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Counties work to hide personal data

But redacting documents can be time-consuming and expensive

December 15, 2006 12:00 PM ET

Computerworld - On Oct. 10, Florida's Orange County Comptroller's Office completed an 18-month project designed to remove personally identifiable information from images of official records posted on its Web site.

The $750,000 effort began in April 2005 and involved the review of over 30 million pages in more than 12 million public records for items such as Social Security numbers (SSN), bank account information and credit card numbers. In the end, 777,635 pages -- 2.6% of the total reviewed -- were found to have personal data and were redacted.

It's not entirely clear how many documents, some of which date to 1970, still might contain personally identifiable information, said Carol Foglesong, assistant comptroller of Orange County. "There's going to be something we missed," she conceded. "But I think we got 99%" of the items that needed to be removed, she said.

Orange County's efforts are being replicated across dozens of counties in the state and around the country as local governments scramble to pull down documents from their Web sites or black out personal data from images of title deeds, tax liens, court papers and other public records.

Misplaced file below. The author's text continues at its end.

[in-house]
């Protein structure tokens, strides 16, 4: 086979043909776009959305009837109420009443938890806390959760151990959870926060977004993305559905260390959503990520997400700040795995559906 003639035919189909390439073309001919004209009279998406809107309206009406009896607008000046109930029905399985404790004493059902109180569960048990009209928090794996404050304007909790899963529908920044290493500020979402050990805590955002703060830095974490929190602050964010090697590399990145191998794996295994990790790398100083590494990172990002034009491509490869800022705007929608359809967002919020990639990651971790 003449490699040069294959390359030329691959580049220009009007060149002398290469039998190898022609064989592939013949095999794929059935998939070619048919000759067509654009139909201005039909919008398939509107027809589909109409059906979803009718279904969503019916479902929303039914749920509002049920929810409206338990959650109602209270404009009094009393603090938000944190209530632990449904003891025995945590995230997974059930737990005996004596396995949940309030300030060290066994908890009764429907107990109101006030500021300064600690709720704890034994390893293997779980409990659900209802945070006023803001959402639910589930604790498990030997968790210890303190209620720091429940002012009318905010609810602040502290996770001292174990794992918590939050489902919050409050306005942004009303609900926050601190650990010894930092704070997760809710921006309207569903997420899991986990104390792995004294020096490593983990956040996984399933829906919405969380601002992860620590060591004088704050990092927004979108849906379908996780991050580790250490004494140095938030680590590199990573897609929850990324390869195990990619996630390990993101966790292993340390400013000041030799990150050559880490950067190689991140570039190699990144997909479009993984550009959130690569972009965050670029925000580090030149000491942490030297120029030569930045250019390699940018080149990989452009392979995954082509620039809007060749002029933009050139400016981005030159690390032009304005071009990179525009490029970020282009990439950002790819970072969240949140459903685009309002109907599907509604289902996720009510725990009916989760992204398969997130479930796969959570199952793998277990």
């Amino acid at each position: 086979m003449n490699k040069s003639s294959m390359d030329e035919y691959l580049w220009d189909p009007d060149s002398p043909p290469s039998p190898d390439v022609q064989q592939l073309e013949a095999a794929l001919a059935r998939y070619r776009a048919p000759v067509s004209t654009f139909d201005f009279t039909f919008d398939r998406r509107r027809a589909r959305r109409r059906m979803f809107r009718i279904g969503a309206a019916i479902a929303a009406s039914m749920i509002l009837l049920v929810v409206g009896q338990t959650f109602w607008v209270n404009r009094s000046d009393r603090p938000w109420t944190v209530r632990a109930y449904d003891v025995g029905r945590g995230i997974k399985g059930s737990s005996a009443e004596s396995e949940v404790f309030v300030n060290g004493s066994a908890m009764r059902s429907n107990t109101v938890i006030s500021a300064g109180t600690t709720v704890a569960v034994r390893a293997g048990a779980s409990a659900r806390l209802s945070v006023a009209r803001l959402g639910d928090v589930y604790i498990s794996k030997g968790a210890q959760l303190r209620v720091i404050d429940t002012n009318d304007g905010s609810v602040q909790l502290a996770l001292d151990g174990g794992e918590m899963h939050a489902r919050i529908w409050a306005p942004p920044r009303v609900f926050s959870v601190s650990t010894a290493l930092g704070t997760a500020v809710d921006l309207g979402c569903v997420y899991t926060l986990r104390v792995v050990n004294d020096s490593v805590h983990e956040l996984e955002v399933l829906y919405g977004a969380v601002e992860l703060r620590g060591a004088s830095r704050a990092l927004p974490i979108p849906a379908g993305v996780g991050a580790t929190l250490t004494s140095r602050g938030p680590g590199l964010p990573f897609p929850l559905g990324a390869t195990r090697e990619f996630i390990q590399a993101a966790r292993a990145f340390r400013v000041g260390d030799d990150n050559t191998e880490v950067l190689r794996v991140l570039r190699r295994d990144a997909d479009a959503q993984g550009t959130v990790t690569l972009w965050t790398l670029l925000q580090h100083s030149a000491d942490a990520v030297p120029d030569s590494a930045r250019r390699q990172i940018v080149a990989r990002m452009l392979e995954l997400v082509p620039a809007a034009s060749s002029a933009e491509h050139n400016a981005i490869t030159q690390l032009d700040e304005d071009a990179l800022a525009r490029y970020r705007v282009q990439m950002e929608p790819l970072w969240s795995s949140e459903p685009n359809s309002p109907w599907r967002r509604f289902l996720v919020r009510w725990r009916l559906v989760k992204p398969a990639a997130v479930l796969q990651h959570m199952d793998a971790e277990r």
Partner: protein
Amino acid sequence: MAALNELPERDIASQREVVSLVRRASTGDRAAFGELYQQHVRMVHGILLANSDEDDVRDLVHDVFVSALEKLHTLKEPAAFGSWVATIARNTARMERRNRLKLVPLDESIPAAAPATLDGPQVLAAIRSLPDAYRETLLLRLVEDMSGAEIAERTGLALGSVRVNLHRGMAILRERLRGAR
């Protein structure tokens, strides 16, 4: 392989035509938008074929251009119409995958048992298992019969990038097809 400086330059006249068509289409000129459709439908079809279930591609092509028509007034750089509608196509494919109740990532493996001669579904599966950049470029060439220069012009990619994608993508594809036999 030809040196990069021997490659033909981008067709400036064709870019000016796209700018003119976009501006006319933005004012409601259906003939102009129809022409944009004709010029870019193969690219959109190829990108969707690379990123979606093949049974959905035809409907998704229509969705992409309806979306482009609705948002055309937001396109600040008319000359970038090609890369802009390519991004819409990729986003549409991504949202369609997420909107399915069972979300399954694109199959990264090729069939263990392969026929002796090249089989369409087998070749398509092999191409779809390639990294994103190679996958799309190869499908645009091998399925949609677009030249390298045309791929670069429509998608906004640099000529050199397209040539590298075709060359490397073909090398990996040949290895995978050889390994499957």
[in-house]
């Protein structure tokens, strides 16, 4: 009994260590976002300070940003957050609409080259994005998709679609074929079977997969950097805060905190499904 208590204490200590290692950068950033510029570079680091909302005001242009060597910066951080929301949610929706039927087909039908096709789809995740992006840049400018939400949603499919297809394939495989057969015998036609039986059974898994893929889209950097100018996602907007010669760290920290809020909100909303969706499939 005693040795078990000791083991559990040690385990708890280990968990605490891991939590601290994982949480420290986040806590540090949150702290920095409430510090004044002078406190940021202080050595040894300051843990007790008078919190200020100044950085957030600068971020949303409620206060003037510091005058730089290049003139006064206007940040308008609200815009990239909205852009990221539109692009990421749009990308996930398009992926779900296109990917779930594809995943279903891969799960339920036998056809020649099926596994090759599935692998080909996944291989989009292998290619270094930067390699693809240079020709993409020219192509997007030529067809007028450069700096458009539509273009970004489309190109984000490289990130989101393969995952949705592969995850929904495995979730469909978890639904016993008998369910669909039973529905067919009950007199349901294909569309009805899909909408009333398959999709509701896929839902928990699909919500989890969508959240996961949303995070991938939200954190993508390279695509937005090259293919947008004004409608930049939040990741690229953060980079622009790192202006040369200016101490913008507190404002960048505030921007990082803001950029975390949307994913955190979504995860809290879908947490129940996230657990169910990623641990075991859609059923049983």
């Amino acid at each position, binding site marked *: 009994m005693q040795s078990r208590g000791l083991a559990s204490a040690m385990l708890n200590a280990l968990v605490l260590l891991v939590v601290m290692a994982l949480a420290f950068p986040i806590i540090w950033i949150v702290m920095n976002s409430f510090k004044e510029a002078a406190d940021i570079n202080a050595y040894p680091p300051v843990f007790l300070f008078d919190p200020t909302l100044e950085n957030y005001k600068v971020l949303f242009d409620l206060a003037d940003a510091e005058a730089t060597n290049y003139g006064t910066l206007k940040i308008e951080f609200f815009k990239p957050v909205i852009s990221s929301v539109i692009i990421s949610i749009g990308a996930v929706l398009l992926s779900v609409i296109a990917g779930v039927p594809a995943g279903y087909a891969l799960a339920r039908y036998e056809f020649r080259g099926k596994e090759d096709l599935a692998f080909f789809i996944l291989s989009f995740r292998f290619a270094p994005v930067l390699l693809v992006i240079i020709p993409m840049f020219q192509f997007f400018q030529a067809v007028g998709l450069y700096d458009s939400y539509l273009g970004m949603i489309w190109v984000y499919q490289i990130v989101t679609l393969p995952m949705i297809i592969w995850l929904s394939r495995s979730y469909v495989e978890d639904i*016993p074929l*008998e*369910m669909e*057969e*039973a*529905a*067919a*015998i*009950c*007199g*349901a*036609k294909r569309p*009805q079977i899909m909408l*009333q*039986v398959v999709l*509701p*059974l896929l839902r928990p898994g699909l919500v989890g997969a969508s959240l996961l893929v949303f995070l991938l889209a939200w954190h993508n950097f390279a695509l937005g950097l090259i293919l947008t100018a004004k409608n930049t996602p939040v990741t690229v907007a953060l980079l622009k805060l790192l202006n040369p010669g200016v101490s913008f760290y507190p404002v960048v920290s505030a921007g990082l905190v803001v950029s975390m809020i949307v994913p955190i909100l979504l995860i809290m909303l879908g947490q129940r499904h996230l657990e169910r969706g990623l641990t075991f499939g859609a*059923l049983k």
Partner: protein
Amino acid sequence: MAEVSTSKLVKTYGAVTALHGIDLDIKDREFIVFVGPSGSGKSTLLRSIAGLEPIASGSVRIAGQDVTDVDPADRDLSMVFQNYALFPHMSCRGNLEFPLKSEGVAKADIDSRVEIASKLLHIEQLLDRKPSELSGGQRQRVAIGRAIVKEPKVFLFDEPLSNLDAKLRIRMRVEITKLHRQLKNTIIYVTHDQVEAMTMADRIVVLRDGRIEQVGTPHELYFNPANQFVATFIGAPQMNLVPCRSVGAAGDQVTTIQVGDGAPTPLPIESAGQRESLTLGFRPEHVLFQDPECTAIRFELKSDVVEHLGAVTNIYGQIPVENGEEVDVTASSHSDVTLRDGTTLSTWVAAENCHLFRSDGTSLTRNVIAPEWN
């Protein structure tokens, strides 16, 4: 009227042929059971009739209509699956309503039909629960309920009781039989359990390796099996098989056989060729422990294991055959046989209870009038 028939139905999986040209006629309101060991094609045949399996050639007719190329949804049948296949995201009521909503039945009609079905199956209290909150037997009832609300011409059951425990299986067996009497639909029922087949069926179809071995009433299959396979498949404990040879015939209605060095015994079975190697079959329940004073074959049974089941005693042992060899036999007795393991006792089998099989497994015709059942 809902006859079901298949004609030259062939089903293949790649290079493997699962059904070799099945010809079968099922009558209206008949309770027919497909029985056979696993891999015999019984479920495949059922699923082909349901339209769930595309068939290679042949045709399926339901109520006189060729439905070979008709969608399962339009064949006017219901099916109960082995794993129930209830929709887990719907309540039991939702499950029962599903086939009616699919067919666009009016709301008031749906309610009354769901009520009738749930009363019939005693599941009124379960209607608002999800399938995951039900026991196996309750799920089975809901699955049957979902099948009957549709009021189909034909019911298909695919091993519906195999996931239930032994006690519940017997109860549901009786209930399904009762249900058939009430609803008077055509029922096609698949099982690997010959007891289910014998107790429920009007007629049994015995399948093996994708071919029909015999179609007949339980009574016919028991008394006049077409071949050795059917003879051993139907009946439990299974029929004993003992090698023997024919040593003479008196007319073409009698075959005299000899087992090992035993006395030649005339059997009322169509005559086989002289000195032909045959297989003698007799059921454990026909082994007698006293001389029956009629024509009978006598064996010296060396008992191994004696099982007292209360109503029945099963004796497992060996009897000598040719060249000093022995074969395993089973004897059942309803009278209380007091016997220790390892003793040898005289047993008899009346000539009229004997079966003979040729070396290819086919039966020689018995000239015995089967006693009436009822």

As reported by Computerworld earlier this year, such images often contain personal identifiers and are usually accessible to anyone with Internet access. That has made county Web sites a veritable treasure trove of information for identity thieves, according to privacy advocates.

Many county governments still have not begun to address the prevalence of personal data despite the heightened public concerns, said B.J. Ostergren, a privacy advocate in Richmond, Va. In most cases, such sites continue to leak all sorts of sensitive personal data to anybody with Internet access. In some cases, county and state governments charge for access to the information, but even then the fees are relatively nominal compared to the value of the data, she said.

And many states are continuing to post SSNs in so-called Uniform Commercial Code (UCC) documents on their public Web sites, she said. UCC documents are filed with the state by banks and other creditors when an individual takes out certain types of loans.

But a growing number do appear to be attempting to fix the problem, she added. "The more publicity this has gotten, the more people are getting to know about the issue," she said. "I think a lot of people are beginning to put the skids on this sort of stuff," she said.

In October, for example, the council that oversees Washington's King County, which includes Seattle, passed an ordinance requiring the recorder's office to remove online access to all title deed documents. The vote followed when a council member discovered more than 200 SSNs, including those of several public figures and athletes, in title deed documents on the county Web site.

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